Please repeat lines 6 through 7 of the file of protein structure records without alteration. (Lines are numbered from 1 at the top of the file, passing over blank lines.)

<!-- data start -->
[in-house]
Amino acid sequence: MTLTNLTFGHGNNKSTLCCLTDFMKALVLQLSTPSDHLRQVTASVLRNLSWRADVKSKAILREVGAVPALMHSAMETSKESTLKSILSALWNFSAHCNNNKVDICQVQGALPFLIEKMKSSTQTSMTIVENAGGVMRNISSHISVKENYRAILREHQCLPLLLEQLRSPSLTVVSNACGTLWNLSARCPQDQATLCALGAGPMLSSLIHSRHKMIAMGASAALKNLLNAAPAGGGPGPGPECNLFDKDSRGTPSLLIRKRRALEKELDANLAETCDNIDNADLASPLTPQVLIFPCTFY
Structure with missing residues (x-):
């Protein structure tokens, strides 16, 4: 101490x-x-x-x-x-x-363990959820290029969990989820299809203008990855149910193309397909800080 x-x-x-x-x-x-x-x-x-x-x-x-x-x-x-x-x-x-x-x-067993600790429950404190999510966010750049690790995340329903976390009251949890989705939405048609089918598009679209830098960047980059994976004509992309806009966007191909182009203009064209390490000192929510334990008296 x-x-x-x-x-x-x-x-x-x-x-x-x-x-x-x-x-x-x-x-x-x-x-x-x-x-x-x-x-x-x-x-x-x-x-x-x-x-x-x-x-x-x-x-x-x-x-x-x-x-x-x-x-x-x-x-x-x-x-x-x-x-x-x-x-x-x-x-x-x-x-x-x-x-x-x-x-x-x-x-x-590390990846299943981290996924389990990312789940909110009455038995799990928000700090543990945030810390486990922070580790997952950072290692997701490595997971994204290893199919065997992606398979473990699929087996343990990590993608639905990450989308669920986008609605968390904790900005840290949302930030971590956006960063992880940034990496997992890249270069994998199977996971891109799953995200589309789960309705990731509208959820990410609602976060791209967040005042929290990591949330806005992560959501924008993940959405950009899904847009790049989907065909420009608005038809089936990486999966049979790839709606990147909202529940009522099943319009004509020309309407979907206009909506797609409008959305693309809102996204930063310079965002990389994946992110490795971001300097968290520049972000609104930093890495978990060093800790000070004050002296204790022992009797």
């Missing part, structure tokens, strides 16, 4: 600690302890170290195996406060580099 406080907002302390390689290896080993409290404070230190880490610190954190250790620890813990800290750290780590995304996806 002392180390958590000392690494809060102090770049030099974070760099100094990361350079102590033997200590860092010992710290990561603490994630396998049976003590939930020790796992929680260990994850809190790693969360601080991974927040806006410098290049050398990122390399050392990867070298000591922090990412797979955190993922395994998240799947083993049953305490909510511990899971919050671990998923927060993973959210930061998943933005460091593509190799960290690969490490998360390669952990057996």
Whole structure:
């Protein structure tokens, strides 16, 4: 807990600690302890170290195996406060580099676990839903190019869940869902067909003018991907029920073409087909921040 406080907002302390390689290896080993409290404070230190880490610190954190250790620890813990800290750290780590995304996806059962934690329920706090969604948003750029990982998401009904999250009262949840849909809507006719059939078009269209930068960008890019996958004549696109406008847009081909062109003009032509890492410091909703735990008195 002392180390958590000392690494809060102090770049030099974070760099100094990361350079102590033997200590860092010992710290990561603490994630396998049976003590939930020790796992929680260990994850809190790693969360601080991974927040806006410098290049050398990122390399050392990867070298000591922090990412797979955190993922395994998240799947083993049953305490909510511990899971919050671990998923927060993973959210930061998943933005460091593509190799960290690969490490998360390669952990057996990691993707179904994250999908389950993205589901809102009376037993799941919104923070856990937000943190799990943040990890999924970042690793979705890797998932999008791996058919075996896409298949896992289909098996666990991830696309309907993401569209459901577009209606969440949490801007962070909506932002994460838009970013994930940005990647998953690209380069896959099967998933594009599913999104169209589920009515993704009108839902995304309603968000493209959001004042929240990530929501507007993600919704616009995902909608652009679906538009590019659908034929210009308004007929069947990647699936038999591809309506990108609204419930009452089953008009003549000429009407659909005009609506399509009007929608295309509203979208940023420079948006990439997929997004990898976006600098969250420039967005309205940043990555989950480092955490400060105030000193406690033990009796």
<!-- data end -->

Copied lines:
Whole structure:
């Protein structure tokens, strides 16, 4: 807990600690302890170290195996406060580099676990839903190019869940869902067909003018991907029920073409087909921040 406080907002302390390689290896080993409290404070230190880490610190954190250790620890813990800290750290780590995304996806059962934690329920706090969604948003750029990982998401009904999250009262949840849909809507006719059939078009269209930068960008890019996958004549696109406008847009081909062109003009032509890492410091909703735990008195 002392180390958590000392690494809060102090770049030099974070760099100094990361350079102590033997200590860092010992710290990561603490994630396998049976003590939930020790796992929680260990994850809190790693969360601080991974927040806006410098290049050398990122390399050392990867070298000591922090990412797979955190993922395994998240799947083993049953305490909510511990899971919050671990998923927060993973959210930061998943933005460091593509190799960290690969490490998360390669952990057996990691993707179904994250999908389950993205589901809102009376037993799941919104923070856990937000943190799990943040990890999924970042690793979705890797998932999008791996058919075996896409298949896992289909098996666990991830696309309907993401569209459901577009209606969440949490801007962070909506932002994460838009970013994930940005990647998953690209380069896959099967998933594009599913999104169209589920009515993704009108839902995304309603968000493209959001004042929240990530929501507007993600919704616009995902909608652009679906538009590019659908034929210009308004007929069947990647699936038999591809309506990108609204419930009452089953008009003549000429009407659909005009609506399509009007929608295309509203979208940023420079948006990439997929997004990898976006600098969250420039967005309205940043990555989950480092955490400060105030000193406690033990009796």